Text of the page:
This 1800's pantry box considered utilitarian treenware, was a very important staple to the early settlers. Critters in the pantry were a troublesome matter to colonial women. Dry goods like flour, sugar, grain and the like had to be placed in covered food storage boxes to help protect them. These boxes were imported from Europe until American factories began producing them during the late18th century.
Some were varnished in plain wood, like this one, while others were painted in pleasing colors that actually brightened up a plain corner when stacked together. Pantry boxes were fashioned in graduated sizes. The largest held cheese or butter, the smallest contained pills or spices and the in ~ between sizes accommodated everything else. Each had a snug fitting lid. So interesting!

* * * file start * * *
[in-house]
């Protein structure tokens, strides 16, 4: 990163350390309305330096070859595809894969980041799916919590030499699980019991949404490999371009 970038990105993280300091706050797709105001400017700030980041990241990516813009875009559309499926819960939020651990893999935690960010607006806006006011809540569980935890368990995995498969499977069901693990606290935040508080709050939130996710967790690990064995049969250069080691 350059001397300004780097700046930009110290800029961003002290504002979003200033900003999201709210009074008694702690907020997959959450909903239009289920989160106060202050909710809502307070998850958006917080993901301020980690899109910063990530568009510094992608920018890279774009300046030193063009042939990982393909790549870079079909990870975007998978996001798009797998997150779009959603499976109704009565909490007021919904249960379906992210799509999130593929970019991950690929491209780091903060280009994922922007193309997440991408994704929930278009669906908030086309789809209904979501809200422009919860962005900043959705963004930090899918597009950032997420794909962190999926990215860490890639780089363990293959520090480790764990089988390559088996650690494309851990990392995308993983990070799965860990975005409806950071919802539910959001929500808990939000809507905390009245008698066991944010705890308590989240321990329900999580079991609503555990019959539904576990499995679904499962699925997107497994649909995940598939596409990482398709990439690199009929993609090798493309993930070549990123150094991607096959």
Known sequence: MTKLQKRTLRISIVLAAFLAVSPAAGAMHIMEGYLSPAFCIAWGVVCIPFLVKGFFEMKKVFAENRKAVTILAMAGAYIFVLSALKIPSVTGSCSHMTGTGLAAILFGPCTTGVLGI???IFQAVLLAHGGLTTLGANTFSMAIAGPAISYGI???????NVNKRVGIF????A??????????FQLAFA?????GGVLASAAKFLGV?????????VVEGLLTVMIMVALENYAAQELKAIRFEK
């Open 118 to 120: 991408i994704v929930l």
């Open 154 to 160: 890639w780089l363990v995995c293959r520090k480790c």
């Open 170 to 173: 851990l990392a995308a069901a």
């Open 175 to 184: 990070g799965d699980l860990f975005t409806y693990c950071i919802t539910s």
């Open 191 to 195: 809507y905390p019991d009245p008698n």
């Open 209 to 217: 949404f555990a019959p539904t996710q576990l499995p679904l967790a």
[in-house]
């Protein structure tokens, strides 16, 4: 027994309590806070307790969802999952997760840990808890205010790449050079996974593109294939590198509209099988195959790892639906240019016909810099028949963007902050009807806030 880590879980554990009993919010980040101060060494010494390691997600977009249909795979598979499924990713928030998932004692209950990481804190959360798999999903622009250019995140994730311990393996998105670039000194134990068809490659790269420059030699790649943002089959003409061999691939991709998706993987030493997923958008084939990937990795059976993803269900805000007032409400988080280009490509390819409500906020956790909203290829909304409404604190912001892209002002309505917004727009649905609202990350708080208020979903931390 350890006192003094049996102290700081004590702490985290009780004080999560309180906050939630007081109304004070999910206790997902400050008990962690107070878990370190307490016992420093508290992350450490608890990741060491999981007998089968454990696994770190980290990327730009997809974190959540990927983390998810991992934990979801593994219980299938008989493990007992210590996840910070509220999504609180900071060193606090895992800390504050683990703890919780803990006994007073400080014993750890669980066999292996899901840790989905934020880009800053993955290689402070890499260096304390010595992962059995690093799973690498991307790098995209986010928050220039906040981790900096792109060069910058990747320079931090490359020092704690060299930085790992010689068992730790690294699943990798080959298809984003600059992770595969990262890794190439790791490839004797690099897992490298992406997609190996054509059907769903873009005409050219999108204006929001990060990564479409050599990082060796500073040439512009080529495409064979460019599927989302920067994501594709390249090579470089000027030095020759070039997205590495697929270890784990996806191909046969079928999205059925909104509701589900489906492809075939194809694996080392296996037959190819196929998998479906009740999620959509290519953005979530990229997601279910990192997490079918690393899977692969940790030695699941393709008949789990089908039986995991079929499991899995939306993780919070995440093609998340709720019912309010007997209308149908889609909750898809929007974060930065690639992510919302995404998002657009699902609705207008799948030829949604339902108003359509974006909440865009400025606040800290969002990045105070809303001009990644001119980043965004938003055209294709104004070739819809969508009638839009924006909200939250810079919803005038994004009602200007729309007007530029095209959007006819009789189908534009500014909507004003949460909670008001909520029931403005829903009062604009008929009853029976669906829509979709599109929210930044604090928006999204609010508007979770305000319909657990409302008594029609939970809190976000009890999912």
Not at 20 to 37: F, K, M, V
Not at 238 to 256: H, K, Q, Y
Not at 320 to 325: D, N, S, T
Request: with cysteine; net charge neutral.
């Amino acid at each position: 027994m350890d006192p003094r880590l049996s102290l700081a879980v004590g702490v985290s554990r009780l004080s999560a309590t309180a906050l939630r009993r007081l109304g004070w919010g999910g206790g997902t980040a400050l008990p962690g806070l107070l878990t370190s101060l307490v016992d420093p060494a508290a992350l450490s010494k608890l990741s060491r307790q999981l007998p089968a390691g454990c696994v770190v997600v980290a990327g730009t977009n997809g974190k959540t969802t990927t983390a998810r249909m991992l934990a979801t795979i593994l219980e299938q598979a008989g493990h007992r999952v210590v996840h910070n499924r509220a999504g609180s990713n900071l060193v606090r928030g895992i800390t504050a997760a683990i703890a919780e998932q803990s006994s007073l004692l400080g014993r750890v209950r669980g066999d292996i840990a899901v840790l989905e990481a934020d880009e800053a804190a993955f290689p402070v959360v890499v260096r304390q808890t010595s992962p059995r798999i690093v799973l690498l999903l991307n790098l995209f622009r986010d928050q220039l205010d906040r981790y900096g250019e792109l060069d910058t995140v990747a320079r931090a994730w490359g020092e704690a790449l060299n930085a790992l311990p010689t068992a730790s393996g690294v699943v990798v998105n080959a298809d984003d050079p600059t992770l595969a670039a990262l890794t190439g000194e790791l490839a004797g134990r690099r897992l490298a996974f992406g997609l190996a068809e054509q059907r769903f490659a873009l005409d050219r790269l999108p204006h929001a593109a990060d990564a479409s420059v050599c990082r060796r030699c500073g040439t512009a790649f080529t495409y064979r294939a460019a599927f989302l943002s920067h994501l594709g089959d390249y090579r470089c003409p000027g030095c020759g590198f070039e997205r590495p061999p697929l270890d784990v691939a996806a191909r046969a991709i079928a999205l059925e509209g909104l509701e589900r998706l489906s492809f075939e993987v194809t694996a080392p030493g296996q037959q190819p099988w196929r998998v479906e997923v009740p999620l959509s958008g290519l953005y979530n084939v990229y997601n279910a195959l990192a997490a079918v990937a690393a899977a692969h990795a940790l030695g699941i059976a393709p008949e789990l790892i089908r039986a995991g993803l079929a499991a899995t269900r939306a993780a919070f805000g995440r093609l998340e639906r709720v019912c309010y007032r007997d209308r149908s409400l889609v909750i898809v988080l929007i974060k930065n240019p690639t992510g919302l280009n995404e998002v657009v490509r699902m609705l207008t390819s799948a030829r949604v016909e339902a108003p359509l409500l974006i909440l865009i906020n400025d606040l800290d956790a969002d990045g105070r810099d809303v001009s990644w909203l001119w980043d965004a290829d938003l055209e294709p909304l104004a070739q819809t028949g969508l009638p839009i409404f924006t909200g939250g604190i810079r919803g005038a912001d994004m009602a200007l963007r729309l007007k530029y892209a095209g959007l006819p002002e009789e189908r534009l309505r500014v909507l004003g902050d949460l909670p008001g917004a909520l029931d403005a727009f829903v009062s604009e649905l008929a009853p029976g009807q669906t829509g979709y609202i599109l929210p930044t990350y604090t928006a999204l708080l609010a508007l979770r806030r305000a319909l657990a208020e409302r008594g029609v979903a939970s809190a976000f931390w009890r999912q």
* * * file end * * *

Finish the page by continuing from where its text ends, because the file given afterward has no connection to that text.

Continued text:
This pantry box is in very good condition and the color boasting a rich sepia really accentuates the nice wood grain. Bentwood construction incorporated with round nails on both the front and sides add character and charm. Simple in form with a nice lapped over design which served a purpose and was considered a main ~ stay in the19th Century Buttery.
There is a small piece of wood missing from the edge of the lip as can be seen in image 5. A make ~ do repair can be seen on the lid as there is a 1" piece of wood in the center that looks like it was replaced long ago. Please see image 7. A small crack that extends about 7" along side the round portion of the lid is just barely visible. See image 9. No musty smells or odors to report!
This medium size would be a nice fit and should incorporate well with your existing stack of pantry boxes. Just a neat example of early craftsmanship that has interesting history behind it. No wonder they are so sought ~ after! :) Enjoy! Measurements are 7 1/2" across, & 4 1/2" High. ~Freight ( Priority Mail) & Insurance included ~ within the continental U.S.